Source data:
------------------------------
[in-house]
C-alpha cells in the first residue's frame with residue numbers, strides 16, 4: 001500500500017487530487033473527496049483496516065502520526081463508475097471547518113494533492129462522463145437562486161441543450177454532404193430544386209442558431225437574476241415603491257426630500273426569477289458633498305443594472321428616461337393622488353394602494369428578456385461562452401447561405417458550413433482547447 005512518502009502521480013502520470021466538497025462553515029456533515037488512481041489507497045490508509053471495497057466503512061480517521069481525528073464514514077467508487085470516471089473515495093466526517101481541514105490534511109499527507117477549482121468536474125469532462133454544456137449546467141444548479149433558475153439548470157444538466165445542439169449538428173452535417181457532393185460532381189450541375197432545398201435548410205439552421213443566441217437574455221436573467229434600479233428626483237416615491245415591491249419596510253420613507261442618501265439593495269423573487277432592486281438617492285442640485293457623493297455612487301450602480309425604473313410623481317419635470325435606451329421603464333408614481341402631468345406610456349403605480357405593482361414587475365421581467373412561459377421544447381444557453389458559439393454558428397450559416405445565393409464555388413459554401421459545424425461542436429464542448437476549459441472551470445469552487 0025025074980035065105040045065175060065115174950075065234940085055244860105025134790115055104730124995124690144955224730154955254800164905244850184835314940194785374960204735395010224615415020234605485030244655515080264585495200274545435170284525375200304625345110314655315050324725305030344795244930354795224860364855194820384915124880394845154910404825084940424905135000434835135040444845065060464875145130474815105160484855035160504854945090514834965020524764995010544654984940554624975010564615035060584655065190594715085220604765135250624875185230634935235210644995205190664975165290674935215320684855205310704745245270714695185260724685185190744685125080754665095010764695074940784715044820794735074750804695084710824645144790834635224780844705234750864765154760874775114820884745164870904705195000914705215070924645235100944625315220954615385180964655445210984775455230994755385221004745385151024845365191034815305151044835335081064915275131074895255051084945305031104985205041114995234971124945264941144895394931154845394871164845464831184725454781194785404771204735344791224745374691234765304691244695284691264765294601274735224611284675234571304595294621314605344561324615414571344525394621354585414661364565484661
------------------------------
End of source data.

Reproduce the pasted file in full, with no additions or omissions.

[in-house]
C-alpha cells in the first residue's frame with residue numbers, strides 16, 4: 001500500500017487530487033473527496049483496516065502520526081463508475097471547518113494533492129462522463145437562486161441543450177454532404193430544386209442558431225437574476241415603491257426630500273426569477289458633498305443594472321428616461337393622488353394602494369428578456385461562452401447561405417458550413433482547447 005512518502009502521480013502520470021466538497025462553515029456533515037488512481041489507497045490508509053471495497057466503512061480517521069481525528073464514514077467508487085470516471089473515495093466526517101481541514105490534511109499527507117477549482121468536474125469532462133454544456137449546467141444548479149433558475153439548470157444538466165445542439169449538428173452535417181457532393185460532381189450541375197432545398201435548410205439552421213443566441217437574455221436573467229434600479233428626483237416615491245415591491249419596510253420613507261442618501265439593495269423573487277432592486281438617492285442640485293457623493297455612487301450602480309425604473313410623481317419635470325435606451329421603464333408614481341402631468345406610456349403605480357405593482361414587475365421581467373412561459377421544447381444557453389458559439393454558428397450559416405445565393409464555388413459554401421459545424425461542436429464542448437476549459441472551470445469552487 0025025074980035065105040045065175060065115174950075065234940085055244860105025134790115055104730124995124690144955224730154955254800164905244850184835314940194785374960204735395010224615415020234605485030244655515080264585495200274545435170284525375200304625345110314655315050324725305030344795244930354795224860364855194820384915124880394845154910404825084940424905135000434835135040444845065060464875145130474815105160484855035160504854945090514834965020524764995010544654984940554624975010564615035060584655065190594715085220604765135250624875185230634935235210644995205190664975165290674935215320684855205310704745245270714695185260724685185190744685125080754665095010764695074940784715044820794735074750804695084710824645144790834635224780844705234750864765154760874775114820884745164870904705195000914705215070924645235100944625315220954615385180964655445210984775455230994755385221004745385151024845365191034815305151044835335081064915275131074895255051084945305031104985205041114995234971124945264941144895394931154845394871164845464831184725454781194785404771204735344791224745374691234765304691244695284691264765294601274735224611284675234571304595294621314605344561324615414571344525394621354585414661364565484661